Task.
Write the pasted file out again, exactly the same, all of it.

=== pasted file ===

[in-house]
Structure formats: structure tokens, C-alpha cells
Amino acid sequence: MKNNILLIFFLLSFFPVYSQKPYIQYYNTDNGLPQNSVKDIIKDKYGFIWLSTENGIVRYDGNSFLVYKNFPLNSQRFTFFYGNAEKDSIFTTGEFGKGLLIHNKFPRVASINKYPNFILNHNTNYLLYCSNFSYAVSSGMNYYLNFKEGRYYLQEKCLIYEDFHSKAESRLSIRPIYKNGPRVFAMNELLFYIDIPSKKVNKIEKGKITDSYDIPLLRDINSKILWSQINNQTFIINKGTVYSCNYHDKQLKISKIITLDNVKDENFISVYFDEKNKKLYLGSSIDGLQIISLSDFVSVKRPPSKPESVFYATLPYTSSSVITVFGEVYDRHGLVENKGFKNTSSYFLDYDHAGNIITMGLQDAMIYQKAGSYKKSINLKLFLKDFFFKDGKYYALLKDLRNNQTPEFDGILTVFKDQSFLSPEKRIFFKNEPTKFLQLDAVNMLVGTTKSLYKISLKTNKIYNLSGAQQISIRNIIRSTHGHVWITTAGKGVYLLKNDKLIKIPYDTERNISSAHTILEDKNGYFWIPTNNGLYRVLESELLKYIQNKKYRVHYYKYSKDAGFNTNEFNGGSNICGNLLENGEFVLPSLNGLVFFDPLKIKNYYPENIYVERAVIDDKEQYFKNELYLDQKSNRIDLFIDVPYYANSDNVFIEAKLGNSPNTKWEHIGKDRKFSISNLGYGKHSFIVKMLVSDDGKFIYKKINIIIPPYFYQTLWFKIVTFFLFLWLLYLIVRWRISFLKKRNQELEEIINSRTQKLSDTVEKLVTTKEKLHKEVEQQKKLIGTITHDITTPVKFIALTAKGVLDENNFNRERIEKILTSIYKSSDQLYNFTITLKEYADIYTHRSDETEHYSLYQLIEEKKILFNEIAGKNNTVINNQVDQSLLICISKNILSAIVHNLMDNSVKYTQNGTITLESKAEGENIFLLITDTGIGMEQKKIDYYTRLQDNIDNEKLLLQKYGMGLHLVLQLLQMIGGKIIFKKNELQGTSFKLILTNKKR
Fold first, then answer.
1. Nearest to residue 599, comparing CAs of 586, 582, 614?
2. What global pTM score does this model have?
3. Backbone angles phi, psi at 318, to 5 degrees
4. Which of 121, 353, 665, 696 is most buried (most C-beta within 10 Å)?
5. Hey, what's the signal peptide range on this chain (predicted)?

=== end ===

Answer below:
[in-house]
Structure formats: structure tokens, C-alpha cells
Amino acid sequence: MKNNILLIFFLLSFFPVYSQKPYIQYYNTDNGLPQNSVKDIIKDKYGFIWLSTENGIVRYDGNSFLVYKNFPLNSQRFTFFYGNAEKDSIFTTGEFGKGLLIHNKFPRVASINKYPNFILNHNTNYLLYCSNFSYAVSSGMNYYLNFKEGRYYLQEKCLIYEDFHSKAESRLSIRPIYKNGPRVFAMNELLFYIDIPSKKVNKIEKGKITDSYDIPLLRDINSKILWSQINNQTFIINKGTVYSCNYHDKQLKISKIITLDNVKDENFISVYFDEKNKKLYLGSSIDGLQIISLSDFVSVKRPPSKPESVFYATLPYTSSSVITVFGEVYDRHGLVENKGFKNTSSYFLDYDHAGNIITMGLQDAMIYQKAGSYKKSINLKLFLKDFFFKDGKYYALLKDLRNNQTPEFDGILTVFKDQSFLSPEKRIFFKNEPTKFLQLDAVNMLVGTTKSLYKISLKTNKIYNLSGAQQISIRNIIRSTHGHVWITTAGKGVYLLKNDKLIKIPYDTERNISSAHTILEDKNGYFWIPTNNGLYRVLESELLKYIQNKKYRVHYYKYSKDAGFNTNEFNGGSNICGNLLENGEFVLPSLNGLVFFDPLKIKNYYPENIYVERAVIDDKEQYFKNELYLDQKSNRIDLFIDVPYYANSDNVFIEAKLGNSPNTKWEHIGKDRKFSISNLGYGKHSFIVKMLVSDDGKFIYKKINIIIPPYFYQTLWFKIVTFFLFLWLLYLIVRWRISFLKKRNQELEEIINSRTQKLSDTVEKLVTTKEKLHKEVEQQKKLIGTITHDITTPVKFIALTAKGVLDENNFNRERIEKILTSIYKSSDQLYNFTITLKEYADIYTHRSDETEHYSLYQLIEEKKILFNEIAGKNNTVINNQVDQSLLICISKNILSAIVHNLMDNSVKYTQNGTITLESKAEGENIFLLITDTGIGMEQKKIDYYTRLQDNIDNEKLLLQKYGMGLHLVLQLLQMIGGKIIFKKNELQGTSFKLILTNKKR
Fold first, then answer.
1. Nearest to residue 599, comparing CAs of 586, 582, 614?
2. What global pTM score does this model have?
3. Backbone angles phi, psi at 318, to 5 degrees
4. Which of 121, 353, 665, 696 is most buried (most C-beta within 10 Å)?
5. Hey, what's the signal peptide range on this chain (predicted)?